On January 19, 2012—after 124 years of being the first name in photography—Kodak filed for Chapter 11 bankruptcy protection. Kodak was simply too slow to embrace digital photography, despite the fact they invented the technology used in today’s digital cameras back in 1975.
Instagram—an online photo sharing platform—did embrace digital photography and was scooped up by Facebook for $1 billion in cash and stock soon after Kodak went belly up.
On January 20, 2012—exactly one day after Kodak declared bankruptcy—Chris Dodd, former US Senator and newly minted CEO of the Motion Picture Association of America, had his own Kodak moment when his signature legislation—the Stop Online Piracy Act or SOPA—got shot down following an outcry from us “little people.”
Dodd had sunk millions into lobbying SOPA on the Hill and its passage was expected to be a slam-dunk. But the Internet-using public had other plans.
And after anti-SOPA activists effectively shut down the Internet for one day in protest, the bill got pulled.
This stunning defeat prompted Dodd to publicly threaten his former colleagues on the Hill, saying “Don’t ask me to write a check for you when you think your job is at risk and then don’t pay attention to me when my job is at stake.”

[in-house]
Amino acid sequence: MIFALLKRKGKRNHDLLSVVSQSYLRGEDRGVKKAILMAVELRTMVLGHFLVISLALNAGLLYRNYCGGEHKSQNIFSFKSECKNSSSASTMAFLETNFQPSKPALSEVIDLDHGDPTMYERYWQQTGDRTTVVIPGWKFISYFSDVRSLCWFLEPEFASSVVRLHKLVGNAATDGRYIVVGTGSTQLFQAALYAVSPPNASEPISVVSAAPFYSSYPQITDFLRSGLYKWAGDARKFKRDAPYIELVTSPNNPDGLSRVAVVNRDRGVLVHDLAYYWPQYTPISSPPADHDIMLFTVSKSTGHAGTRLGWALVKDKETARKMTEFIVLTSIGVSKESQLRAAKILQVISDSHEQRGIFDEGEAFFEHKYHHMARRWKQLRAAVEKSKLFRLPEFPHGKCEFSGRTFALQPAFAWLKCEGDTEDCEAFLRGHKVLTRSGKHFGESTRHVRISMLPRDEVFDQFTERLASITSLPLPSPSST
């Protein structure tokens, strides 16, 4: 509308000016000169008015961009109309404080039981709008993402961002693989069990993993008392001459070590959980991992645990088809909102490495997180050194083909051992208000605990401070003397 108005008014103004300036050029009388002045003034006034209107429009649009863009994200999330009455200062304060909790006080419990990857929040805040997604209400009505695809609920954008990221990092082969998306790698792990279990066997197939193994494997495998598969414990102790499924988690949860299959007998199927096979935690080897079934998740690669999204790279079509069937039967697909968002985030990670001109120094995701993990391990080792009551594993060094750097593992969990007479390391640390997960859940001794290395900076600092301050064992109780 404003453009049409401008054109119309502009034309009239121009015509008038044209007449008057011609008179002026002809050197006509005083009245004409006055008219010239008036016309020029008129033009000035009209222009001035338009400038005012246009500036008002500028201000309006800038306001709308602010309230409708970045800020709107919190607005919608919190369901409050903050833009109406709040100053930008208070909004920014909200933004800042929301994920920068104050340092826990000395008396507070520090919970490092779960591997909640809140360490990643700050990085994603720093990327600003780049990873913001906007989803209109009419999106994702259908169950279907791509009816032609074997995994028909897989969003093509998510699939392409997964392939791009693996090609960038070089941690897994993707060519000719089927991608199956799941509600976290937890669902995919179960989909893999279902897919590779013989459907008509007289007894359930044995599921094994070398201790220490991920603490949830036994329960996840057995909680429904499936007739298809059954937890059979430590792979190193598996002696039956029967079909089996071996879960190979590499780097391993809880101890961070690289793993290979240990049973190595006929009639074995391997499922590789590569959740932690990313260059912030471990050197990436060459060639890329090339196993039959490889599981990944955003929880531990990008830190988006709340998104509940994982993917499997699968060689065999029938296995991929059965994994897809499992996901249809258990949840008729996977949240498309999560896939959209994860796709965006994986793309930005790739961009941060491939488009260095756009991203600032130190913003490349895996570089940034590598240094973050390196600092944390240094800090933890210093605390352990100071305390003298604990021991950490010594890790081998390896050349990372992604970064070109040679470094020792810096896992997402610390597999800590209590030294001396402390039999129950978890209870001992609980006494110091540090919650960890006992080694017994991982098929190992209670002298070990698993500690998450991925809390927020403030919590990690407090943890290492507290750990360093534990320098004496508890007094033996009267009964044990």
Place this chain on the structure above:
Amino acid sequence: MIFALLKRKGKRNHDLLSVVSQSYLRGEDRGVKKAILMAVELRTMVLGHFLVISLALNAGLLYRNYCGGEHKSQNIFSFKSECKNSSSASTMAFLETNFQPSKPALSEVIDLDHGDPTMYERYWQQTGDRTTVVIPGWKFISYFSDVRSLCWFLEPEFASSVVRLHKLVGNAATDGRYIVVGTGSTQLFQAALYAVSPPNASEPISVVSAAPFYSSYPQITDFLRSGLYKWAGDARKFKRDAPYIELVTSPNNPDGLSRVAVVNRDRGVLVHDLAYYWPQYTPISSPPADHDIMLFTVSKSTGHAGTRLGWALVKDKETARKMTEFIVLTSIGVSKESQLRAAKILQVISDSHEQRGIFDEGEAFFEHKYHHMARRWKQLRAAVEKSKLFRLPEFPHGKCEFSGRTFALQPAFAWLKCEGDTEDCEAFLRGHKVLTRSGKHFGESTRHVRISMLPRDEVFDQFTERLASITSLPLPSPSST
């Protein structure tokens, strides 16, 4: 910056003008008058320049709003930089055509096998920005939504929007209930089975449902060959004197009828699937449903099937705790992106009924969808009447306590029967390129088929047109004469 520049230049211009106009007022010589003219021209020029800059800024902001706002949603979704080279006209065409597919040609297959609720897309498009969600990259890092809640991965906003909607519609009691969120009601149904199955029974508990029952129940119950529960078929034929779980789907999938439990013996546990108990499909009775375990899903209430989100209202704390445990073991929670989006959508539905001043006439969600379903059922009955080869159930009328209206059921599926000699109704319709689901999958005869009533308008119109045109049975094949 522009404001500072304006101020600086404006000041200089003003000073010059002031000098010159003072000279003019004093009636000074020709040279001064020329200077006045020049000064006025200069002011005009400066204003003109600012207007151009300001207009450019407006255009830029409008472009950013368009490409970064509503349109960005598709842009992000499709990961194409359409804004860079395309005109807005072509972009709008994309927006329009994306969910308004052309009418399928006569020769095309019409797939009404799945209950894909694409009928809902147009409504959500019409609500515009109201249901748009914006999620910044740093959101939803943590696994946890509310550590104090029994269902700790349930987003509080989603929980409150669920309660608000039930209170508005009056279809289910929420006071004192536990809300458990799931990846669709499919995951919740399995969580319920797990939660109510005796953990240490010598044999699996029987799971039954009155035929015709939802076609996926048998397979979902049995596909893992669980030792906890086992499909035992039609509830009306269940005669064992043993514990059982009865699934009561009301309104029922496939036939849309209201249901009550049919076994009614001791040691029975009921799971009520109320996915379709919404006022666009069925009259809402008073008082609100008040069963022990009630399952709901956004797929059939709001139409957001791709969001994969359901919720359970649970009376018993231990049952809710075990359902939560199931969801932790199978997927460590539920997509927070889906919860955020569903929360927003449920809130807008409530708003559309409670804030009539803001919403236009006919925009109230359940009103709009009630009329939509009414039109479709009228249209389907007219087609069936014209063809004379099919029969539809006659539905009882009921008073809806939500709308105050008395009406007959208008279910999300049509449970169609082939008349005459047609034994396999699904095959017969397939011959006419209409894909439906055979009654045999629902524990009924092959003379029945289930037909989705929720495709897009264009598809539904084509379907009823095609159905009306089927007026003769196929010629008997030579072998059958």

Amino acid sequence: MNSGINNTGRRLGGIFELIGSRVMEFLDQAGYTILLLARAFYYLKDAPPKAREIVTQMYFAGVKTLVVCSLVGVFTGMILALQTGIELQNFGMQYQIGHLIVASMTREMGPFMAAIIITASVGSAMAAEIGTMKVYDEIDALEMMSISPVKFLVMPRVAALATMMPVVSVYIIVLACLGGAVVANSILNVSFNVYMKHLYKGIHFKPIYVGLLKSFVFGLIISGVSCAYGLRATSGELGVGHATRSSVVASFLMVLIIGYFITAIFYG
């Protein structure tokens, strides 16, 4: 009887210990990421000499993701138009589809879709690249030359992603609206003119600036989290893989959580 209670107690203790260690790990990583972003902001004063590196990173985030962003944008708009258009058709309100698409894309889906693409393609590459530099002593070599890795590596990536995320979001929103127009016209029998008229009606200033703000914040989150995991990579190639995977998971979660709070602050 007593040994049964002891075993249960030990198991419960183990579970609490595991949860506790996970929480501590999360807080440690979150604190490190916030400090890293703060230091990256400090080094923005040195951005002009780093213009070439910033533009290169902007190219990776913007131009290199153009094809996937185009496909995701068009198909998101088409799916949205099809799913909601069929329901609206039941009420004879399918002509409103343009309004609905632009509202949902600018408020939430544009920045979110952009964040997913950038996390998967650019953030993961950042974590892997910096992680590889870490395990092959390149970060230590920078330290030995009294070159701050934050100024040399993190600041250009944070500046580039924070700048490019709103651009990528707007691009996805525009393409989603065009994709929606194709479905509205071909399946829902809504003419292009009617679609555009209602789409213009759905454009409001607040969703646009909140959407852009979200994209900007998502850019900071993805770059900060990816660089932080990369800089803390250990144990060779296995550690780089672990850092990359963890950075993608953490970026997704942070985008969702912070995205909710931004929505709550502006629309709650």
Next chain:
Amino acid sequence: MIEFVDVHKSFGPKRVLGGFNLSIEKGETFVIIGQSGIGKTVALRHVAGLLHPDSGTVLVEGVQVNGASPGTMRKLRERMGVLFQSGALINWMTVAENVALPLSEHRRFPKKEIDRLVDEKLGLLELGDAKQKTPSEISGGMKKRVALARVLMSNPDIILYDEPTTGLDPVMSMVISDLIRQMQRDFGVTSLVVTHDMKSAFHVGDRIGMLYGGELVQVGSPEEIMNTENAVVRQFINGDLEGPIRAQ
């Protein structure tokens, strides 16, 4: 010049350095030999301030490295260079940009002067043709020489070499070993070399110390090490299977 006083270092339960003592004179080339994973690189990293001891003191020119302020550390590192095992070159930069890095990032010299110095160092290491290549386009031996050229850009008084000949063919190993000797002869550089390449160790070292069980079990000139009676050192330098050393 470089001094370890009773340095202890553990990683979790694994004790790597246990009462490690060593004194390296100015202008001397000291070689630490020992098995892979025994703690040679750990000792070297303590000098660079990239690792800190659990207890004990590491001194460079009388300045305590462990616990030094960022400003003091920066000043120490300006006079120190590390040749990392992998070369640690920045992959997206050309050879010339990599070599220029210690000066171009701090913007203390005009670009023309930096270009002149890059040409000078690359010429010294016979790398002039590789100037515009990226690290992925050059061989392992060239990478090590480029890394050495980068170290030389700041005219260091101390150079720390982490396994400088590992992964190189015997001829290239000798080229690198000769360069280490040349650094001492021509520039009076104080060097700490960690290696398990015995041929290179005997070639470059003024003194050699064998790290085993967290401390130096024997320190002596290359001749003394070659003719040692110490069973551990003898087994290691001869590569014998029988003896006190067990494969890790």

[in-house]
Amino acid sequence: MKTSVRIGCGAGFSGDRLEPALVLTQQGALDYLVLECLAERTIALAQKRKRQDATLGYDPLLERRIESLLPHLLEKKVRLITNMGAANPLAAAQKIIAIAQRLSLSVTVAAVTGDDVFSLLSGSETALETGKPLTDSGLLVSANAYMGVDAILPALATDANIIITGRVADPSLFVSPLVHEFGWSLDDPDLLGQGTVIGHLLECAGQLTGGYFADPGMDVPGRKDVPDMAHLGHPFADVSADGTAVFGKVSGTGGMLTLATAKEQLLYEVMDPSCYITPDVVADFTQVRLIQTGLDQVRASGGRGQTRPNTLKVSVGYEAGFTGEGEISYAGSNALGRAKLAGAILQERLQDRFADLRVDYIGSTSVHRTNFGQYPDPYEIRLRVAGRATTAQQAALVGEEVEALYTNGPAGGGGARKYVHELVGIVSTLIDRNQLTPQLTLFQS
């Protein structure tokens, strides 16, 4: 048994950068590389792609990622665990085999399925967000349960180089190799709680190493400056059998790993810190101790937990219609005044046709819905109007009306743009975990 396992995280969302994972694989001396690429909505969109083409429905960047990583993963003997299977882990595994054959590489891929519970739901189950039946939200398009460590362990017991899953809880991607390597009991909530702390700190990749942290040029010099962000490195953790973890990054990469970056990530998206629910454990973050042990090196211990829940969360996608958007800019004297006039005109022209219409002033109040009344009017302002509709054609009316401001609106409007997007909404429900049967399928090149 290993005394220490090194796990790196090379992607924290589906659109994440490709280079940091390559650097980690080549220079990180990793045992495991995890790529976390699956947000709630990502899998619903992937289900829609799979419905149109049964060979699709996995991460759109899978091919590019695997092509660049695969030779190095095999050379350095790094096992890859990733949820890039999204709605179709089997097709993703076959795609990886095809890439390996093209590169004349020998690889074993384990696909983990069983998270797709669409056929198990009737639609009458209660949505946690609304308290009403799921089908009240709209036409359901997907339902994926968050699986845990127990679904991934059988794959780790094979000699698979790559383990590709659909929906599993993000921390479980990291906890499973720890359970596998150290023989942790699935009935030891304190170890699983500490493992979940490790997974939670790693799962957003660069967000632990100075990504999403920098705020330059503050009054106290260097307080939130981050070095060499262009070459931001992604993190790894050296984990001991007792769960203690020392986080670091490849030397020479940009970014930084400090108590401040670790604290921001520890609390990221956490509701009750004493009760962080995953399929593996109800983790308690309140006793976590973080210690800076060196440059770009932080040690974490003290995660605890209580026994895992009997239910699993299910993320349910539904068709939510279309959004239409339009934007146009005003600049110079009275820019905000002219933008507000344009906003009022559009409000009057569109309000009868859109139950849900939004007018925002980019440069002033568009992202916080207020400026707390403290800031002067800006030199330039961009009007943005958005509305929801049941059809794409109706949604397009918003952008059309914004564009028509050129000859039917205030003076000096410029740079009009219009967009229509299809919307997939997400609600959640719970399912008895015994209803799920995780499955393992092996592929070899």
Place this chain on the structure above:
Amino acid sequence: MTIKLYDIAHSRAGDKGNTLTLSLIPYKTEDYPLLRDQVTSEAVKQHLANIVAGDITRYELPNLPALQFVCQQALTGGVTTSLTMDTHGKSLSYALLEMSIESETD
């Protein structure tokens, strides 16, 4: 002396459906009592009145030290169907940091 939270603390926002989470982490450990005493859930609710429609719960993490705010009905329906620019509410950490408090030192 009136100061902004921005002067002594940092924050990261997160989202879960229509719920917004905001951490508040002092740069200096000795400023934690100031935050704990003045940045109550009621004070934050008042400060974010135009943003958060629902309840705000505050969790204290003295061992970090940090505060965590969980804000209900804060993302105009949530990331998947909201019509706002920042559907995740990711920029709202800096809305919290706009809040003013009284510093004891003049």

This honest assessment of “how things work in Washington” resulted in an online petition calling on the White House to investigate Chris Dodd for bribery.
Just over a week later on January 30, Robert McDonald, the CEO of Procter and Gamble—which just happens to be the largest marketer on the planet with a $10 billion annual ad budget—announced that P&G would lay off 1,600 staffers, including marketers, because he finally “discovered it’s free to advertise on Facebook,” as Business Insider put it.
McDonald “retired” a few months later.
Cigars have been exploding in board rooms around the globe since social media really got traction. It’s just that there were so many cigars exploding in 2012 that it sounded like someone was making Jiffy Pop popcorn.
These embarrassing moments were just part of the painful transition from the old to the new for the 20th century movers and shakers.
Up next: "Get off my lawn, ya goddam kids!"

Saturday, October 4, 2014

A Shout Out to Ukraine: Ви , хлопці , здорово

I've got readers from more than 90 countries, from Afghanistan to Zimbabwe. But after the US and
the UK, I get more visits from you guys than any other nation. (Yeah, even more than you, Russia.) And it's not like you've got nothing else keeping you busy. But through it all, you guys keep coming back.